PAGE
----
Feb 7, 2014
1 Jalan Raya
Bandung, Jawa Barat
Don’t get the feeling that I’m stalking you or anything, but I can’t stop thinking about that weekend we had together—it was great to finally chat after having heard so much about you. If you don’t mind, I’d like to keep in touch.
To be honest, before I met you, I always got the feeling that you were just Jakarta’s weekend escape. You know, that half the capital runs up to your mountains to escape the heat and the jams and the smog and the stress around here. Actually, it seemed true at first—I couldn’t find a flight or a train or even a bus to get to you. Every seat was full—every last one. I had to go all the way to the airport just to find a shuttle headed your way. Kind of crazy, I know, to pay for a taxi to the airport just to catch a bus, but I was really hoping to see you.
To be honest, though, I was a little surprised at meeting you—you’re not the tiny little mountain retreat I found myself picturing: you’re all grown up with crowded streets and choked traffic and factories humming and thumping out all kinds of products. You’re no glitzy show-pony just for tourists, I mean. You’ve got infrastructure all your own. You’re buzzing with life and thriving—business and factories, white collar and blue, the artist and the investor and the factory line-worker buying Nasi Uduk and Bakso from the same street vendor. You’re diverse. You’re independent. I like that about you.
But you’ve got that other side, too, Bandung. You’ve got designer boutiques and hipster cafes and burning lights all along the chit-chat of Braga street. You once were home to all the swankest Dutch generals, and you’ve still got their columned mansions and broads streets sporting 30 meter shade trees along each sidewalk—and even in the median. You’ve got that classy architecture, too—all those sleek lines and cool curves that carry my mind to Casablanca times, back when trench coats weren’t creepy but cool, back when cigarettes were fun and not nasty habits, back when cars had long, narrow windows and when bow ties were elegant and not a fad—you’ve still got that feel, Bandung. You’ve still got that swag.
Not that I’m trying to flatter, you, just so you know. I just think you’re cool.
Everyone told me when I met you I had to go out to the volcanoes—just had to. So I did. I got a car and wound my way up through the hills, up through the tiny houses shouldering each other out for roadside space, up through ancient mountains carved into fertile terraces, up into clouds frowning down as they glided by, leaving patchwork brilliance of light and shadow over lush and verdant crops. It was more than picturesque, Bandung, it was inspiring. Field hands waded muddy ankles out to into green fields so bright you’d swear they were made of fireflies, and over and around them loomed the pearl-string peaks wrapping gray clouds and blue light around each other. I wondered, Bandung, whether these guys ever realize the brilliance they wade into each morning, or whether they grumble, thinking all life everywhere boasts such scenery, or even something better. I wondered how many mornings I slog into just the same way.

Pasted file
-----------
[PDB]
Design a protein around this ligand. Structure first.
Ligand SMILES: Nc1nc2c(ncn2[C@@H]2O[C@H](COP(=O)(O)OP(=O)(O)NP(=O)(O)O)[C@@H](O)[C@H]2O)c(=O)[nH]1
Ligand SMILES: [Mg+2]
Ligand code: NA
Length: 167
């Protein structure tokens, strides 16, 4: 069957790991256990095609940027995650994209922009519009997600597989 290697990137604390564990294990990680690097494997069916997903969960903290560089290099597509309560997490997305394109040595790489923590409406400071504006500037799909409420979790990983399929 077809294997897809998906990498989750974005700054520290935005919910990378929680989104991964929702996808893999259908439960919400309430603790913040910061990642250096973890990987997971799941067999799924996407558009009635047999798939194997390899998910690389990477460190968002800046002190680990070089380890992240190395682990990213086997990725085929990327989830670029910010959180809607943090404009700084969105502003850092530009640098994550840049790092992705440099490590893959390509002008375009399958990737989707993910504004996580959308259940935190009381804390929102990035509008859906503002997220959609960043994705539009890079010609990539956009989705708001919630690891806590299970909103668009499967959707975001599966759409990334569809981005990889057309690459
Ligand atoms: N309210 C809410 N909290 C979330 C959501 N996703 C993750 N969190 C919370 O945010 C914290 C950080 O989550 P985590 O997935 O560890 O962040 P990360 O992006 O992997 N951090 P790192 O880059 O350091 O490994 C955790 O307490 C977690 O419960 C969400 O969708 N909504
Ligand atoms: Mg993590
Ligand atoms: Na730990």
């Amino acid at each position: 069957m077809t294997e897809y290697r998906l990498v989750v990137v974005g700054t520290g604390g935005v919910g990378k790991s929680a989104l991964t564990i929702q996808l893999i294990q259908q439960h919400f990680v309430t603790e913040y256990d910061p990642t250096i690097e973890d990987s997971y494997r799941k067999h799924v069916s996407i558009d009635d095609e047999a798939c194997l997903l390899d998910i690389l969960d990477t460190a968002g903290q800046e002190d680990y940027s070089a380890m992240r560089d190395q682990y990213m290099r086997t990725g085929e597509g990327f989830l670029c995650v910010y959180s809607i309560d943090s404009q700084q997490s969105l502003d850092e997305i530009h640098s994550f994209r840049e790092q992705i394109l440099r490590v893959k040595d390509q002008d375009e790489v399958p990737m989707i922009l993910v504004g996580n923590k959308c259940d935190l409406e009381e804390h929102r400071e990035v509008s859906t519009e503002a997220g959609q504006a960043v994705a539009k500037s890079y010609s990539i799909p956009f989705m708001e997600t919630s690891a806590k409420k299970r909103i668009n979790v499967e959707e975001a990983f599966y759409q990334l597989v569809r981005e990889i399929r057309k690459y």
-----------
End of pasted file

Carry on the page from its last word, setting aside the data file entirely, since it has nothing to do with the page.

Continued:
Andy leaned over and whispered, “How are we ever going to go back to Jaka—”
“No,” I cut her off, “don’t mention that yet.”
But even so, Bandung, I admit I got annoyed with you there—it’s nothing personal, just that your roads were so small and so crammed with all your admirers that I couldn’t get anywhere: too many cars honking bumper to bumper, too many motorbikes chugging up those mountains, too many strawberry stands creeping onto the road’s shoulder. All around me shone the beauty of crisp mountain panoramas, horizons draped in rainbow beauty, and I was stuck on an asphalt belt of frustration.
But it’s probably too much to ask—to have some quiet, some alone time with you, to have you to myself.
Up there, I found that strawberries are the name of the game—you grow them bigger than golf balls and sweeter than sugarcane, and everybody’s got barrels full to sell. Yes, Bandung, I freely admit to lightening my wallet for some of that strawberry action.
But something else surprised me in the tourist stalls: swords. Samurai swords, pirate swords, Arabian scimitars, and Javanese daggers. You’ve got real swords, fake swords, wooden swords, steel swords. And everywhere you look, there’s still more swords. Bandung, I never figured out—what’s with the swords? Are you filming an epic kung fu movie or do you use these to harvest strawberries?
On the highway, I remember we were passed by a motorcyclist I swear was toting a hunting rifle on his back. Forgive me for my excitement, but I hadn’t seen a shootin’-iron since waving good-bye to my Missouri home. Well, it turns out this fellow was using the rifle cases to transport his stacks of swords. It’s funny, really—you come to see a volcano and walk away with an armload of berries and blades.
Well, hey, in case I ever get bored with Fruit Ninja on the smart-phone, I have an alternative.
But I was trying to say something about your volcanoes: I almost couldn’t handle the turquoise gem of Kawah Putih, the bright white shores glistening as the teal waters lapped gently at the sand, the clouds of sulfur fumes rolling delicately off its surface. The crater was amazing, to be sure, but… well, just imagine for a second if all the hordes parading around the French Riviera decked themselves in rain-jackets and sock caps, mix in Scottish rain clouds and fog, and soak it all in rotten egg brine. That’s exactly what Kawah Putih was like.